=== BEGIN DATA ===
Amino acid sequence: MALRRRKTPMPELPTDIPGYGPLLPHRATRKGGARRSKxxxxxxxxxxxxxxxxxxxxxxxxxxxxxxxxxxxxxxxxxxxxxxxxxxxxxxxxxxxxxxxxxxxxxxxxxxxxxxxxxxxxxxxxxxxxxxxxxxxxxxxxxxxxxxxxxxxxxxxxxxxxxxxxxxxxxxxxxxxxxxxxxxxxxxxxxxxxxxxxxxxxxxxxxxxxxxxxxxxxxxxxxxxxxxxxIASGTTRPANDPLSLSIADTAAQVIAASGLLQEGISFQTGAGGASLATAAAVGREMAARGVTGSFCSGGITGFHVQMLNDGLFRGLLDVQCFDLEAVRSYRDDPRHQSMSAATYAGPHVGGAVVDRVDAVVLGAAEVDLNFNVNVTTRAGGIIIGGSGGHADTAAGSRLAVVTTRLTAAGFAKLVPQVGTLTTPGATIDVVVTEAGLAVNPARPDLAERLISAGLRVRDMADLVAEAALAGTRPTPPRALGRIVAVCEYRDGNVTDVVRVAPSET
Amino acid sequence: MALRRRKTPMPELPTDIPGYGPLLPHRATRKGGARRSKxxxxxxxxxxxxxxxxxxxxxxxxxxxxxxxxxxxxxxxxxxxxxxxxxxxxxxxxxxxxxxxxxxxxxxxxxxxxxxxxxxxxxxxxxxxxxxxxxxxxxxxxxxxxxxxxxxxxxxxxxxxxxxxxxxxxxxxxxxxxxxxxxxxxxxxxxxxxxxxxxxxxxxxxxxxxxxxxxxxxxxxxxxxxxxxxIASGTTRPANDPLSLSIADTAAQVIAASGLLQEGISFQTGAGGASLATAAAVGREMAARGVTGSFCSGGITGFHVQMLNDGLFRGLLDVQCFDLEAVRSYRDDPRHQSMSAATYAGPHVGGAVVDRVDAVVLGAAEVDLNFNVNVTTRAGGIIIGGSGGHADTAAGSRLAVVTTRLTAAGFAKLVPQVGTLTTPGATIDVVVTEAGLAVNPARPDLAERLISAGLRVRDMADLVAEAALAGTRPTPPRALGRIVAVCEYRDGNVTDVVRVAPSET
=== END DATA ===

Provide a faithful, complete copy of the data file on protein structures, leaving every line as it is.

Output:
Amino acid sequence: MALRRRKTPMPELPTDIPGYGPLLPHRATRKGGARRSKxxxxxxxxxxxxxxxxxxxxxxxxxxxxxxxxxxxxxxxxxxxxxxxxxxxxxxxxxxxxxxxxxxxxxxxxxxxxxxxxxxxxxxxxxxxxxxxxxxxxxxxxxxxxxxxxxxxxxxxxxxxxxxxxxxxxxxxxxxxxxxxxxxxxxxxxxxxxxxxxxxxxxxxxxxxxxxxxxxxxxxxxxxxxxxxxIASGTTRPANDPLSLSIADTAAQVIAASGLLQEGISFQTGAGGASLATAAAVGREMAARGVTGSFCSGGITGFHVQMLNDGLFRGLLDVQCFDLEAVRSYRDDPRHQSMSAATYAGPHVGGAVVDRVDAVVLGAAEVDLNFNVNVTTRAGGIIIGGSGGHADTAAGSRLAVVTTRLTAAGFAKLVPQVGTLTTPGATIDVVVTEAGLAVNPARPDLAERLISAGLRVRDMADLVAEAALAGTRPTPPRALGRIVAVCEYRDGNVTDVVRVAPSET
Amino acid sequence: MALRRRKTPMPELPTDIPGYGPLLPHRATRKGGARRSKxxxxxxxxxxxxxxxxxxxxxxxxxxxxxxxxxxxxxxxxxxxxxxxxxxxxxxxxxxxxxxxxxxxxxxxxxxxxxxxxxxxxxxxxxxxxxxxxxxxxxxxxxxxxxxxxxxxxxxxxxxxxxxxxxxxxxxxxxxxxxxxxxxxxxxxxxxxxxxxxxxxxxxxxxxxxxxxxxxxxxxxxxxxxxxxxIASGTTRPANDPLSLSIADTAAQVIAASGLLQEGISFQTGAGGASLATAAAVGREMAARGVTGSFCSGGITGFHVQMLNDGLFRGLLDVQCFDLEAVRSYRDDPRHQSMSAATYAGPHVGGAVVDRVDAVVLGAAEVDLNFNVNVTTRAGGIIIGGSGGHADTAAGSRLAVVTTRLTAAGFAKLVPQVGTLTTPGATIDVVVTEAGLAVNPARPDLAERLISAGLRVRDMADLVAEAALAGTRPTPPRALGRIVAVCEYRDGNVTDVVRVAPSET